Other thoughts that come to mind when reviewing the SAW website include:

*  One of the challenges that the developers of the Vive system have had to deal with is how to miniaturize the system.  Beta versions of the equipment had the headset attached to a computer via a weighty worn pack and wires connected to the computer that restricted the mobility of the wearer.  It was intended that the final consumer version would be lightweight and wireless.

Whilst SAW is already wireless, it does require an Ultrabook computer.  If it uses IP addresses and TCP then I guess the laptop could be located anywhere in the world so long as it could connect to the wearable over the internet via the wi-fi connection.  Normally, one would need to be in the proximity of a public free wi-fi connection like those in public places like restaurants and airports if they were using such equipment outdoors.   SAW comes with a portable wireless router of its own.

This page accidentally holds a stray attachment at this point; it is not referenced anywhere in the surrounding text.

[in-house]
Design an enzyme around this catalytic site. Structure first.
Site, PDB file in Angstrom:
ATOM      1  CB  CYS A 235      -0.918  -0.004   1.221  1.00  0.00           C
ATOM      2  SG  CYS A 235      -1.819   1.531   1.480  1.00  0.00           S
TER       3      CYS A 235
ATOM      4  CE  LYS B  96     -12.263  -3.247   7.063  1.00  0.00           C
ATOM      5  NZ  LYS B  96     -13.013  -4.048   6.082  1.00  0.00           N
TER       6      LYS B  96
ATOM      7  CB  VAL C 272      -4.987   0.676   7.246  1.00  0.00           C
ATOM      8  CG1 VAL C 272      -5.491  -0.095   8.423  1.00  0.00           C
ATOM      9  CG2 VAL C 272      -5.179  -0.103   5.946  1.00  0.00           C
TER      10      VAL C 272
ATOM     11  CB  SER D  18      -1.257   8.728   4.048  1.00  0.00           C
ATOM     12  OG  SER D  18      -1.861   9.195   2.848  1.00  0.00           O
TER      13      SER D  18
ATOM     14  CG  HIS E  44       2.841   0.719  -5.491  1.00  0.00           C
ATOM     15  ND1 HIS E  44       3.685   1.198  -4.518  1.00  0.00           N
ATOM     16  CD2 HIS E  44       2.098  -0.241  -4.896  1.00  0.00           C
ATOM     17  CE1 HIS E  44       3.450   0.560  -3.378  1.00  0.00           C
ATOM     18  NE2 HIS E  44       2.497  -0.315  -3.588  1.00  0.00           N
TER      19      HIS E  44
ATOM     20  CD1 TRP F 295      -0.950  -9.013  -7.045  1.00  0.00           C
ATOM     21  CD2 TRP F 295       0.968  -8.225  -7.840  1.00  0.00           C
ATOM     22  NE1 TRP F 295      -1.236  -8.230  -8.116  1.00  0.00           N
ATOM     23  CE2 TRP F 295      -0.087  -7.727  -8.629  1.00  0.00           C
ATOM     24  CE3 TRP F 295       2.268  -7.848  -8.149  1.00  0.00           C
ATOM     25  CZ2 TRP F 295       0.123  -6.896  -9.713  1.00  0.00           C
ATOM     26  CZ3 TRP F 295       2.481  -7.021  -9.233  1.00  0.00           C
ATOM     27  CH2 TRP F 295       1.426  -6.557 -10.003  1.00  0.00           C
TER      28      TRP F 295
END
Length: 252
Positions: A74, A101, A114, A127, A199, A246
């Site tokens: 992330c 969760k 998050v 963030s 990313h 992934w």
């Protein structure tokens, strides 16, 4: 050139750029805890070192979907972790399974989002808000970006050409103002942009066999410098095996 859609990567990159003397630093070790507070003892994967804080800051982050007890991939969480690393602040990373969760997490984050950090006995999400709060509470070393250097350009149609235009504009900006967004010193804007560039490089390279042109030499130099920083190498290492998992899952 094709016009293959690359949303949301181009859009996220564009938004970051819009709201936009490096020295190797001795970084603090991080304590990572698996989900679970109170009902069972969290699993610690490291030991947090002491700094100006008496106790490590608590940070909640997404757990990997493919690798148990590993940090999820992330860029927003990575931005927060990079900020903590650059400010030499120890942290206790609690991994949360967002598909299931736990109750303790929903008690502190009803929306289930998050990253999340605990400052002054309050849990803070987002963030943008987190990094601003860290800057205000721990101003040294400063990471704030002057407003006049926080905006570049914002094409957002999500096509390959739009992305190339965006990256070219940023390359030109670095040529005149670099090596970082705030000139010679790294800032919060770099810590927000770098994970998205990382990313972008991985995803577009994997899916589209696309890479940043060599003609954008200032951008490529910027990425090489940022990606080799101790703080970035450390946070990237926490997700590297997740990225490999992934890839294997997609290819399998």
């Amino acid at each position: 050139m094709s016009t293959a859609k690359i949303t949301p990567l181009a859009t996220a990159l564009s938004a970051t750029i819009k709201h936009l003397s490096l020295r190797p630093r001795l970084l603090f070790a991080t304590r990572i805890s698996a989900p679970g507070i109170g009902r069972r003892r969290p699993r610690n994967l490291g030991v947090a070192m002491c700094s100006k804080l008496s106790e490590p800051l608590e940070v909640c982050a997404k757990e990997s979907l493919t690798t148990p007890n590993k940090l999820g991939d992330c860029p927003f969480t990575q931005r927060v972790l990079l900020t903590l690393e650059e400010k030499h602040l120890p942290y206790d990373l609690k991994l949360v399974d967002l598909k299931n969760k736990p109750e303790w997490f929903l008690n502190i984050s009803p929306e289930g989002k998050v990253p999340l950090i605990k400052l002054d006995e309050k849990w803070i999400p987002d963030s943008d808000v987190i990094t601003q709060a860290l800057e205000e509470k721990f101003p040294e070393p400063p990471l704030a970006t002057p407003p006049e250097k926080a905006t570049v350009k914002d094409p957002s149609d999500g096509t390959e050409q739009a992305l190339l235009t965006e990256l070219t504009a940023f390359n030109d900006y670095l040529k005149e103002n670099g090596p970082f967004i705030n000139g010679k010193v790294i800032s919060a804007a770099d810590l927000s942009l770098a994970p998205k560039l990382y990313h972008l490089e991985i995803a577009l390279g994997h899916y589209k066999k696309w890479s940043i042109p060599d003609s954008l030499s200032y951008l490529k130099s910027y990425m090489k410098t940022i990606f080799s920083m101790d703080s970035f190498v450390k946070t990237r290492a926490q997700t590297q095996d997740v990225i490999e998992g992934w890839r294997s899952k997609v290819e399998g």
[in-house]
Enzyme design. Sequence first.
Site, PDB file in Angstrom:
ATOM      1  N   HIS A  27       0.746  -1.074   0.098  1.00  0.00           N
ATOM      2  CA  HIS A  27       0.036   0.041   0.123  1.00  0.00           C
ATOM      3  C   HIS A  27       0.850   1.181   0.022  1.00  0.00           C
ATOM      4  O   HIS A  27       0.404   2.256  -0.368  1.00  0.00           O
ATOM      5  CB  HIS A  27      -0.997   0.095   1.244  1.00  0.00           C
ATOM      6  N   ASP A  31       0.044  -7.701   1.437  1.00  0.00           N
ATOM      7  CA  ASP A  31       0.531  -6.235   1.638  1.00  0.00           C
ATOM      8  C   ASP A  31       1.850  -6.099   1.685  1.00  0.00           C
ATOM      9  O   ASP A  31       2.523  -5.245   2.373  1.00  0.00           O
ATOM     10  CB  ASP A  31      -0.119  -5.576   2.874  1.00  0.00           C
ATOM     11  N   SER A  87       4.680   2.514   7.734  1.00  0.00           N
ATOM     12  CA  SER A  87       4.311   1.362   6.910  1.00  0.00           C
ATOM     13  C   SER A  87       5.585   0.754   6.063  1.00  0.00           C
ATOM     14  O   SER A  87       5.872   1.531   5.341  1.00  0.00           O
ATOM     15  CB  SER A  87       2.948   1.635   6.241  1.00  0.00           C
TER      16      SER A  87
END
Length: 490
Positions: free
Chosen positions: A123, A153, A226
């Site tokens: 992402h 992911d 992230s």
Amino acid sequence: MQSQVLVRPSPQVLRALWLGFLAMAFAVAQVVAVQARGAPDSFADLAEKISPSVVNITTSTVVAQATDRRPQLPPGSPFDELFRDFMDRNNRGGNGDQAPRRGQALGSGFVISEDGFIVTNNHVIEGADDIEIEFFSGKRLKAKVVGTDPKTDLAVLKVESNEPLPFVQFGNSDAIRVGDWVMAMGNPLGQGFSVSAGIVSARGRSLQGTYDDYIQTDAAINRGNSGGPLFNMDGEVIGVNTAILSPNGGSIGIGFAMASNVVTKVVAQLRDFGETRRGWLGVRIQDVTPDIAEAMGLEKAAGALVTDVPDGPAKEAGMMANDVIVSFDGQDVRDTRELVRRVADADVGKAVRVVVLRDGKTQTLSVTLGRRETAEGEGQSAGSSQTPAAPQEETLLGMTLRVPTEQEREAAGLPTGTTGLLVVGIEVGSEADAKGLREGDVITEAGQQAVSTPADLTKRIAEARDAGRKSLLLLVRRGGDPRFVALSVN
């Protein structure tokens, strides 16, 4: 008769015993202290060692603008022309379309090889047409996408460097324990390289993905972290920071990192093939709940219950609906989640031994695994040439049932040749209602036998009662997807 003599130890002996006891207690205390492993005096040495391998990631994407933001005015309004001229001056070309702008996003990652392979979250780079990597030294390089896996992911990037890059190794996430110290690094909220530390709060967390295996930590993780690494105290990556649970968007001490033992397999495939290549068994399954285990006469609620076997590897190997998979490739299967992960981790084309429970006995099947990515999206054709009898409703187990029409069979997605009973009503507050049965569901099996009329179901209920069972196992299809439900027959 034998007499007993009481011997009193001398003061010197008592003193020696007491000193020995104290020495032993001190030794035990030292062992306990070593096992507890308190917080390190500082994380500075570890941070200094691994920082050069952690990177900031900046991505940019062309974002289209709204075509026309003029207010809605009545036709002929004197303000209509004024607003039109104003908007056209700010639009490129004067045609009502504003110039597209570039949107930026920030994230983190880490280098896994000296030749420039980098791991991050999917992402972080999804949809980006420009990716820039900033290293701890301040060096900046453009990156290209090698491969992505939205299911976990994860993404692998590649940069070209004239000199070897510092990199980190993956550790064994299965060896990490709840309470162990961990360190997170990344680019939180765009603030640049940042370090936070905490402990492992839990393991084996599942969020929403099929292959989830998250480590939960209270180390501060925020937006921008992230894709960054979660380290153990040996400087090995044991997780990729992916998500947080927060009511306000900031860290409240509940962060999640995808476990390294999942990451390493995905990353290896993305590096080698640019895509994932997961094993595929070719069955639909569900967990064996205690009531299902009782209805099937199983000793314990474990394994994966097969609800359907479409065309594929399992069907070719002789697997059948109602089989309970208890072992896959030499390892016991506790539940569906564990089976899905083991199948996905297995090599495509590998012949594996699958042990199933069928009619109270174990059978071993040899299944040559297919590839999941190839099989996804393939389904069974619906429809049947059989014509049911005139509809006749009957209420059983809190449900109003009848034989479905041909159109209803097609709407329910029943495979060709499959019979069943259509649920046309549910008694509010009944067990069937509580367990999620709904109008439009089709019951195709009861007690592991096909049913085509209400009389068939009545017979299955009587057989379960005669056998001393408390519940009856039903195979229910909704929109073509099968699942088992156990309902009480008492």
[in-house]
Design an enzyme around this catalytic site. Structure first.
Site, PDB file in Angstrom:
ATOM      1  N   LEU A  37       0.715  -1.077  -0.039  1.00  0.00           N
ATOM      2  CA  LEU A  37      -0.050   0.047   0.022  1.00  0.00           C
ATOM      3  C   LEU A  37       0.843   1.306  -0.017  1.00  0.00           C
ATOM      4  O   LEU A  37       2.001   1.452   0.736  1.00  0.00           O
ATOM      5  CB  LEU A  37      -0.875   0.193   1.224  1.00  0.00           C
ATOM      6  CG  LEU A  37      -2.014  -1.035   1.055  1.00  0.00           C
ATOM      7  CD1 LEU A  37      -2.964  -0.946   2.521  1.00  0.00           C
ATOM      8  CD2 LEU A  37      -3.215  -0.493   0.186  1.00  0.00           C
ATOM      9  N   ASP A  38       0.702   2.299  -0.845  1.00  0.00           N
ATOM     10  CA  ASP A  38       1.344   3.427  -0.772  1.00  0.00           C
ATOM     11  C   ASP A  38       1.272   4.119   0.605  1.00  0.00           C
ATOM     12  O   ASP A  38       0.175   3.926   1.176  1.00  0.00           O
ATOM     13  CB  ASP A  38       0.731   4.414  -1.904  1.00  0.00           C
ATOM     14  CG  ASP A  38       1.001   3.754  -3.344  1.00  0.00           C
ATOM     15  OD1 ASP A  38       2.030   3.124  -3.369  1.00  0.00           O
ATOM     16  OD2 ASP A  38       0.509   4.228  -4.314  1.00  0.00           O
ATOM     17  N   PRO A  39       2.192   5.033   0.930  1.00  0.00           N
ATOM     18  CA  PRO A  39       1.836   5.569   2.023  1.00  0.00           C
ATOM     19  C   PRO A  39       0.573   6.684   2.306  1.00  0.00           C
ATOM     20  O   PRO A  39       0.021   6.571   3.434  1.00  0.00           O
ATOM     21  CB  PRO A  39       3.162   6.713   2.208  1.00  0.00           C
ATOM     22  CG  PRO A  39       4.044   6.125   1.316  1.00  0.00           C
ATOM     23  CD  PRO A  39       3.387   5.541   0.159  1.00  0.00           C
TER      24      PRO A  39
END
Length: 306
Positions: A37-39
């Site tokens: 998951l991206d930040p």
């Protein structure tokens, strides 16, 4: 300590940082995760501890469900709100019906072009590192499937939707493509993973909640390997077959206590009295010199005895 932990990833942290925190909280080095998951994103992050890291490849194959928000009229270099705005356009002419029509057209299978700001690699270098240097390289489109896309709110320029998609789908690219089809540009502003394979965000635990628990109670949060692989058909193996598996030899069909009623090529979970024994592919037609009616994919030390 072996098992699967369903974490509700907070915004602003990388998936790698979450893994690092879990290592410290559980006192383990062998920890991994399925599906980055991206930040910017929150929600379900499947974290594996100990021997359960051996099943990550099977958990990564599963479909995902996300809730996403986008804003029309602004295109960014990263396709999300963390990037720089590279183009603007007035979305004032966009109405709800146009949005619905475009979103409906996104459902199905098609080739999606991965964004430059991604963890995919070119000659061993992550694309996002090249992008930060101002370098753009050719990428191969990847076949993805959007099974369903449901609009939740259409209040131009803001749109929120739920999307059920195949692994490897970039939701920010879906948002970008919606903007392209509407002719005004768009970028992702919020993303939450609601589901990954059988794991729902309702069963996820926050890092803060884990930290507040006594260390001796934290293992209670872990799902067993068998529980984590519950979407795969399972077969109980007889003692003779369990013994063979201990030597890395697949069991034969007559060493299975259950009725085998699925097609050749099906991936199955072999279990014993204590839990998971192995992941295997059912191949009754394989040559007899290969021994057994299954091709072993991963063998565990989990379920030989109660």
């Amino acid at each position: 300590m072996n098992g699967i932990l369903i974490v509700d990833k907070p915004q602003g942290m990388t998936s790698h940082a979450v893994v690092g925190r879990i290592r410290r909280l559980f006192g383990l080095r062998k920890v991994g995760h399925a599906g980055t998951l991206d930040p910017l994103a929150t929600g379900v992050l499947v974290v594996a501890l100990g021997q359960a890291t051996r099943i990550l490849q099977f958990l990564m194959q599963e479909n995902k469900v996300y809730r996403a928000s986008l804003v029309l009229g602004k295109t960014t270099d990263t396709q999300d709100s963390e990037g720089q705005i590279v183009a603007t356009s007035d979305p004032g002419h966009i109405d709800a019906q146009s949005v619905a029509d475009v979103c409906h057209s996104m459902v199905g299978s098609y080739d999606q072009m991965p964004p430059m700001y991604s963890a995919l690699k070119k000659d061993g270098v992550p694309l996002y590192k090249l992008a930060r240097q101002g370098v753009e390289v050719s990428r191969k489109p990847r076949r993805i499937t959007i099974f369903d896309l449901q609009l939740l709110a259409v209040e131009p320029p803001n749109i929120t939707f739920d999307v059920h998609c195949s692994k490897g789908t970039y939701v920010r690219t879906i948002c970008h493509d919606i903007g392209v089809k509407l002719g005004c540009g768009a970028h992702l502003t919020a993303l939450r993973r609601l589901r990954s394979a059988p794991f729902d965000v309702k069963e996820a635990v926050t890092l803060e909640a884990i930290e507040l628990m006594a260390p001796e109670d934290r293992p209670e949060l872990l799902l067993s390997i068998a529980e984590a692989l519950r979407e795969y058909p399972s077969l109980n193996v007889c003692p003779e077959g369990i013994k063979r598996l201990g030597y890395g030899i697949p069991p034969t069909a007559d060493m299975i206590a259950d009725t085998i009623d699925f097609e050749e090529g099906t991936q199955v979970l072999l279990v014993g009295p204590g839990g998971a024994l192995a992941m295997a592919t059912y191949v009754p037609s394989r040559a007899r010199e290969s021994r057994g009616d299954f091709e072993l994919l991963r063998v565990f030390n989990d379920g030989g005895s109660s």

This aspect of the technology would benefit from a clearer explanation, as it is not obvious whether SAW's router is a wireless "dongle" that connects to a nearby wireless internet connection (like the restaurant / airport example above) or whether the router somehow generates its own connection to the internet (like 3G / 4G cellphone internett connections.)  The sense that I get from the website is that the portable router attaches to the laptop and SAW uses a wi-fi component to pass data to and from the laptop-attached router.  This would suggest that users would be limited to being in the same room that the laptop is in, similar to the Vive system.